Hollis ( who started this thread) above talks about a custom String by Mail set which are wound bass and classical guitar trebles. I also fitted these to a fan brace verses an X brace uke and they sound more similar to each other than different. Tons of sustain and if there is any difference at all - the fan brace uke is slightly brighter. Weird - I wasn't expecting that.
To the side by side string comparison, first a pair of X braced ukes side by side (Worth’s / Strings by Mail). The Worth’s are a bit brighter with more separation between notes and the Strings by Mail are slightly louder when strummed. The same applies to picking but with the Strings by Mail set the huge bass sort of drones under the higher notes which is pleasant and interesting. With the fan braced pair side by side the difference is subtle with the Worth Brown uke slightly brighter when strummed. When picked the Strings by Mail set ring a little clearer and brighter.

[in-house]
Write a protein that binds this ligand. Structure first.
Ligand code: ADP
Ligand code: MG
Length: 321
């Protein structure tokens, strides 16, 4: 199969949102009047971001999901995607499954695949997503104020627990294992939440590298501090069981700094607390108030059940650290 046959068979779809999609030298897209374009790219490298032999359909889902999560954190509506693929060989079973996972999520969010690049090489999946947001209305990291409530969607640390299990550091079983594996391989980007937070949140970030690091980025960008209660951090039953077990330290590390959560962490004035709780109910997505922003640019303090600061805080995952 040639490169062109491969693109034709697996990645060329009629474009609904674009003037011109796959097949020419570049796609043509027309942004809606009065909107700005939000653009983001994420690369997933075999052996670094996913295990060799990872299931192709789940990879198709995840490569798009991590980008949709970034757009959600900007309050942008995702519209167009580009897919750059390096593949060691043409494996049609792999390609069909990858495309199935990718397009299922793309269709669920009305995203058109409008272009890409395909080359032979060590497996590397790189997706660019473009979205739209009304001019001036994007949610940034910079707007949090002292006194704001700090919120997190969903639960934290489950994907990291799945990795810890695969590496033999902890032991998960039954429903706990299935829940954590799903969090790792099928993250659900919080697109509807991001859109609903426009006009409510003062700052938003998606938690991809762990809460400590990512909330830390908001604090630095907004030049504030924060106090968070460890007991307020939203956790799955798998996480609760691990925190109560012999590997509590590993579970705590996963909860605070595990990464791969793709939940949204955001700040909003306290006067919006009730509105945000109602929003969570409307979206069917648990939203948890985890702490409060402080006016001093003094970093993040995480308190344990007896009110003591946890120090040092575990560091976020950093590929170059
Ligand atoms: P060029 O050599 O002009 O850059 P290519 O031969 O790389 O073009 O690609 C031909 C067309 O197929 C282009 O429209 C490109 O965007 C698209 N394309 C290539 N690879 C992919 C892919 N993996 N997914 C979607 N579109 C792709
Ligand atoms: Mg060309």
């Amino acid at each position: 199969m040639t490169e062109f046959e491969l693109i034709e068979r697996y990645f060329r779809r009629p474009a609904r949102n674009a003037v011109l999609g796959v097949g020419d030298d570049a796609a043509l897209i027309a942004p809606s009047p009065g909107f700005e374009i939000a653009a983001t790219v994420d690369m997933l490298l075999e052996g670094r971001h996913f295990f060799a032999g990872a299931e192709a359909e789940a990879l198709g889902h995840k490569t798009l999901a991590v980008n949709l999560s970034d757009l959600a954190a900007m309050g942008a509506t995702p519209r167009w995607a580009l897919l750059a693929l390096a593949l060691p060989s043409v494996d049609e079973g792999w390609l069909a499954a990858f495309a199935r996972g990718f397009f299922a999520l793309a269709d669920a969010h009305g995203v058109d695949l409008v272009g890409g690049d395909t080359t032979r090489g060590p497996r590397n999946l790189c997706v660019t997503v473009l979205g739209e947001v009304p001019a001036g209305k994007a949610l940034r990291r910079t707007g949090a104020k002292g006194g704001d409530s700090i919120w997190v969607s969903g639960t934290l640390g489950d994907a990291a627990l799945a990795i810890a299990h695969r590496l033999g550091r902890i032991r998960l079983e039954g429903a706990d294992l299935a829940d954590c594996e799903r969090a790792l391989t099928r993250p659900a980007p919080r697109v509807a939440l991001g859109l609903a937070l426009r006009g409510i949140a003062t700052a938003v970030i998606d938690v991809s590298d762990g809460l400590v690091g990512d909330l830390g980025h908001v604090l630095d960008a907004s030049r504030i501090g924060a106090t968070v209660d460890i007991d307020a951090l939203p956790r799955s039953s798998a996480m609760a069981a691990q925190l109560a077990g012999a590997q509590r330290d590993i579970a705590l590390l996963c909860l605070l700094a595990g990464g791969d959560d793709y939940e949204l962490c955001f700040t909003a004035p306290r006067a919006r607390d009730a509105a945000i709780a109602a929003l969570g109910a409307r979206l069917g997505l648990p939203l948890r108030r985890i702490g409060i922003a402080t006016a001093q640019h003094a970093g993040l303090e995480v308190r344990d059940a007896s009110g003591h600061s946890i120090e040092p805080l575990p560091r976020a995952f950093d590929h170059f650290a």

Some of these results contradict some of the other results. I cant explain it other than to say that it is just how they sound to me.
As I said above, if any body can give me some advice on where and how to make available an audio file of about 10meg you can judge for yourself. Youtube was suggested and I have done a couple of uke making clips on there so am familiar with how that works. I might get around to it but will have to find the time to attach some interesting pictures to go with the audio that I have already made.
I hope that answers your question Karl. For what its worth I'm already planning the next batch and am thinking a pair of curly maples and a pair of American black walnut all with double X bracing.

cheers

Paul

Karl Hoyt
06-17-2019, 03:13 AM
Thanks for such an in-depth answer: I completely understand that it's a subjective thing.... just trying to gain some insights as a long time stringed instrument builder but rookie Uke builder

Enjoy your day and thanks again

Karl